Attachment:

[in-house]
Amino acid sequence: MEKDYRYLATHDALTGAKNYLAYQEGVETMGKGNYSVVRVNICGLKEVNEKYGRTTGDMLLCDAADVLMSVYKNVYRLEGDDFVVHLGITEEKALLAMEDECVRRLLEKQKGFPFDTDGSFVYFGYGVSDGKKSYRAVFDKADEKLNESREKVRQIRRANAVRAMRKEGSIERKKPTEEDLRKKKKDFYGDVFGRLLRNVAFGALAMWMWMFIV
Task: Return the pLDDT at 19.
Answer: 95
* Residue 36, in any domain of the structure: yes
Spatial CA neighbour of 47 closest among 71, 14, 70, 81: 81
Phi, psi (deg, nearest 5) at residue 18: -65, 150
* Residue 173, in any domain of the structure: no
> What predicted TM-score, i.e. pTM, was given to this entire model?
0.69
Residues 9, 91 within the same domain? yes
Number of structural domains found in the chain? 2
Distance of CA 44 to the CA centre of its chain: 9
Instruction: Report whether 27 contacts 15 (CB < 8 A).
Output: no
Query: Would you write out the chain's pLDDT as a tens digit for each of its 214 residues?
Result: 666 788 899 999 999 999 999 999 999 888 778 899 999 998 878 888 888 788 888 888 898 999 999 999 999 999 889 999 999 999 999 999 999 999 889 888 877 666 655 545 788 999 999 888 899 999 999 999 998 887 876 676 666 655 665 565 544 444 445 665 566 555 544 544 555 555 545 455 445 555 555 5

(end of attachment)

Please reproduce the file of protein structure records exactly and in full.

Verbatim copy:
[in-house]
Amino acid sequence: MEKDYRYLATHDALTGAKNYLAYQEGVETMGKGNYSVVRVNICGLKEVNEKYGRTTGDMLLCDAADVLMSVYKNVYRLEGDDFVVHLGITEEKALLAMEDECVRRLLEKQKGFPFDTDGSFVYFGYGVSDGKKSYRAVFDKADEKLNESREKVRQIRRANAVRAMRKEGSIERKKPTEEDLRKKKKDFYGDVFGRLLRNVAFGALAMWMWMFIV
Task: Return the pLDDT at 19.
Answer: 95
* Residue 36, in any domain of the structure: yes
Spatial CA neighbour of 47 closest among 71, 14, 70, 81: 81
Phi, psi (deg, nearest 5) at residue 18: -65, 150
* Residue 173, in any domain of the structure: no
> What predicted TM-score, i.e. pTM, was given to this entire model?
0.69
Residues 9, 91 within the same domain? yes
Number of structural domains found in the chain? 2
Distance of CA 44 to the CA centre of its chain: 9
Instruction: Report whether 27 contacts 15 (CB < 8 A).
Output: no
Query: Would you write out the chain's pLDDT as a tens digit for each of its 214 residues?
Result: 666 788 899 999 999 999 999 999 999 888 778 899 999 998 878 888 888 788 888 888 898 999 999 999 999 999 889 999 999 999 999 999 999 999 889 888 877 666 655 545 788 999 999 888 899 999 999 999 998 887 876 676 666 655 665 565 544 444 445 665 566 555 544 544 555 555 545 455 445 555 555 5